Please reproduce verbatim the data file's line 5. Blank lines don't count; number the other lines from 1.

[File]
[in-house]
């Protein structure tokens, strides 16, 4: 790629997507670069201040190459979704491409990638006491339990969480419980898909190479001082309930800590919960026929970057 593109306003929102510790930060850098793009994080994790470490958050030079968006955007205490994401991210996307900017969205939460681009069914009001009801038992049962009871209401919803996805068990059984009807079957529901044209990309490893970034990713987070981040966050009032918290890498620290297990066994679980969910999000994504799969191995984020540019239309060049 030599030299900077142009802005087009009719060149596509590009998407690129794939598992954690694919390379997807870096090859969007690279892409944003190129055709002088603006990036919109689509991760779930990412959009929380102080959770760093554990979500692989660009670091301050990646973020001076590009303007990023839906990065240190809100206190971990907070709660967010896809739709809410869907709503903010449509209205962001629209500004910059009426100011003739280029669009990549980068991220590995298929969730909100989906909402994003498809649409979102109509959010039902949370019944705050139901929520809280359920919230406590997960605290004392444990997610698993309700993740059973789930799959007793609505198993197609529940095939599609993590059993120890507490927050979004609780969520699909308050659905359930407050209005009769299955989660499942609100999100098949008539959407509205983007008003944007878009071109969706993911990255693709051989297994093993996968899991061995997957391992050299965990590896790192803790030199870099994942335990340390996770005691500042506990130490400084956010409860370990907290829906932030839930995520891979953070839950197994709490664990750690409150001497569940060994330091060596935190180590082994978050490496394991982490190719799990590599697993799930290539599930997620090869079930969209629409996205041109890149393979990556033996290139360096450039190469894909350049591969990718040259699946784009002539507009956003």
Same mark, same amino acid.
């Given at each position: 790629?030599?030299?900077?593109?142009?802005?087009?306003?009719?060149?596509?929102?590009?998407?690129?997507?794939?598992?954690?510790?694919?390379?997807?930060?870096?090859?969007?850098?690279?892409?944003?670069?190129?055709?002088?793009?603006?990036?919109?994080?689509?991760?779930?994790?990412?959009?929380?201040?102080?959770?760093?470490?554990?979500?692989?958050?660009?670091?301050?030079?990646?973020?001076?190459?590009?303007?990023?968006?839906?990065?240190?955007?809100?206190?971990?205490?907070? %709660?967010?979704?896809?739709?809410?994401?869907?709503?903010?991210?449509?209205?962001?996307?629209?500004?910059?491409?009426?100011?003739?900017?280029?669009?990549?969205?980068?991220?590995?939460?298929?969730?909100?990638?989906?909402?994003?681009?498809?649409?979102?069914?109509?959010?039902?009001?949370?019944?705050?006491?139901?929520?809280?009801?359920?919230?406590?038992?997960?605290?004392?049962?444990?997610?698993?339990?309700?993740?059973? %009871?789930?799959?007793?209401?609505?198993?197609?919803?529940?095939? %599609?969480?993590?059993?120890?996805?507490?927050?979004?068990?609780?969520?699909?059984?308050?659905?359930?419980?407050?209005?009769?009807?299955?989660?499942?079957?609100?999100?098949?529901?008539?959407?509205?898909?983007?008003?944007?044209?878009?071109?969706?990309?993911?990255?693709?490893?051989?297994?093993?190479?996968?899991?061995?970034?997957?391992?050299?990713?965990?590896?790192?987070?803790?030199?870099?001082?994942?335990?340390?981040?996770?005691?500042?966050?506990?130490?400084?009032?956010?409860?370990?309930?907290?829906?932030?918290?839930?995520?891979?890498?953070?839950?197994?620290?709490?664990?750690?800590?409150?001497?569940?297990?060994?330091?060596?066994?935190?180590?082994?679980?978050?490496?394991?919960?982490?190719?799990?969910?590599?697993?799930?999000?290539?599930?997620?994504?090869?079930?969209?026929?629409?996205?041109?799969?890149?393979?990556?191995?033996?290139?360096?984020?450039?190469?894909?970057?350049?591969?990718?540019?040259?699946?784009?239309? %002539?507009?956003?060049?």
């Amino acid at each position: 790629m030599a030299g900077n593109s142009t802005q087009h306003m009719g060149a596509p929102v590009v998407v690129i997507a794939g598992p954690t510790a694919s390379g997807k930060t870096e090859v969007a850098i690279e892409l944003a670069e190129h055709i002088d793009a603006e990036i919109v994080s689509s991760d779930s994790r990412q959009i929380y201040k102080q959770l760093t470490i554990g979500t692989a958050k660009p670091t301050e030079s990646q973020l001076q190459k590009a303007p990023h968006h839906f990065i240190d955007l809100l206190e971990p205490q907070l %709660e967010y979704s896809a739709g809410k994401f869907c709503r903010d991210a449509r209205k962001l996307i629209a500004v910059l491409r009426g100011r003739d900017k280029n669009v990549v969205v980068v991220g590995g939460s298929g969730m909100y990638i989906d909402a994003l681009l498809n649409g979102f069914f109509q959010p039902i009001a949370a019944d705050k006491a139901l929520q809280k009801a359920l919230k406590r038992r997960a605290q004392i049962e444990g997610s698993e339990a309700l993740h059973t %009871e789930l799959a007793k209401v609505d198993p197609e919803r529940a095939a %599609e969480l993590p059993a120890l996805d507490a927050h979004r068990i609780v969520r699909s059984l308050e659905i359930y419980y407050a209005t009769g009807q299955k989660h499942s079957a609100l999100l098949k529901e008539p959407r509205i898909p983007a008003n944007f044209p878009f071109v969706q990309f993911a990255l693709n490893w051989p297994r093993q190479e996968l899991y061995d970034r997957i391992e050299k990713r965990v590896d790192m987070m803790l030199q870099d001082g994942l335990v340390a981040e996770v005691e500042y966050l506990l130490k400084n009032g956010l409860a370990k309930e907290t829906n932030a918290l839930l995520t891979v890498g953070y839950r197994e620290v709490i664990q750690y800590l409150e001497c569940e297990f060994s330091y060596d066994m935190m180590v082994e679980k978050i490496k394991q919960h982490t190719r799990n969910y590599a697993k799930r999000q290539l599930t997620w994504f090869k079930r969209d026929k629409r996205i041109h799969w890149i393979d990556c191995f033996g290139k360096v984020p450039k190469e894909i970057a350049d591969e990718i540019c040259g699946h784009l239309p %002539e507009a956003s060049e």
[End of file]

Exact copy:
């Amino acid at each position: 790629m030599a030299g900077n593109s142009t802005q087009h306003m009719g060149a596509p929102v590009v998407v690129i997507a794939g598992p954690t510790a694919s390379g997807k930060t870096e090859v969007a850098i690279e892409l944003a670069e190129h055709i002088d793009a603006e990036i919109v994080s689509s991760d779930s994790r990412q959009i929380y201040k102080q959770l760093t470490i554990g979500t692989a958050k660009p670091t301050e030079s990646q973020l001076q190459k590009a303007p990023h968006h839906f990065i240190d955007l809100l206190e971990p205490q907070l %709660e967010y979704s896809a739709g809410k994401f869907c709503r903010d991210a449509r209205k962001l996307i629209a500004v910059l491409r009426g100011r003739d900017k280029n669009v990549v969205v980068v991220g590995g939460s298929g969730m909100y990638i989906d909402a994003l681009l498809n649409g979102f069914f109509q959010p039902i009001a949370a019944d705050k006491a139901l929520q809280k009801a359920l919230k406590r038992r997960a605290q004392i049962e444990g997610s698993e339990a309700l993740h059973t %009871e789930l799959a007793k209401v609505d198993p197609e919803r529940a095939a %599609e969480l993590p059993a120890l996805d507490a927050h979004r068990i609780v969520r699909s059984l308050e659905i359930y419980y407050a209005t009769g009807q299955k989660h499942s079957a609100l999100l098949k529901e008539p959407r509205i898909p983007a008003n944007f044209p878009f071109v969706q990309f993911a990255l693709n490893w051989p297994r093993q190479e996968l899991y061995d970034r997957i391992e050299k990713r965990v590896d790192m987070m803790l030199q870099d001082g994942l335990v340390a981040e996770v005691e500042y966050l506990l130490k400084n009032g956010l409860a370990k309930e907290t829906n932030a918290l839930l995520t891979v890498g953070y839950r197994e620290v709490i664990q750690y800590l409150e001497c569940e297990f060994s330091y060596d066994m935190m180590v082994e679980k978050i490496k394991q919960h982490t190719r799990n969910y590599a697993k799930r999000q290539l599930t997620w994504f090869k079930r969209d026929k629409r996205i041109h799969w890149i393979d990556c191995f033996g290139k360096v984020p450039k190469e894909i970057a350049d591969e990718i540019c040259g699946h784009l239309p %002539e507009a956003s060049e």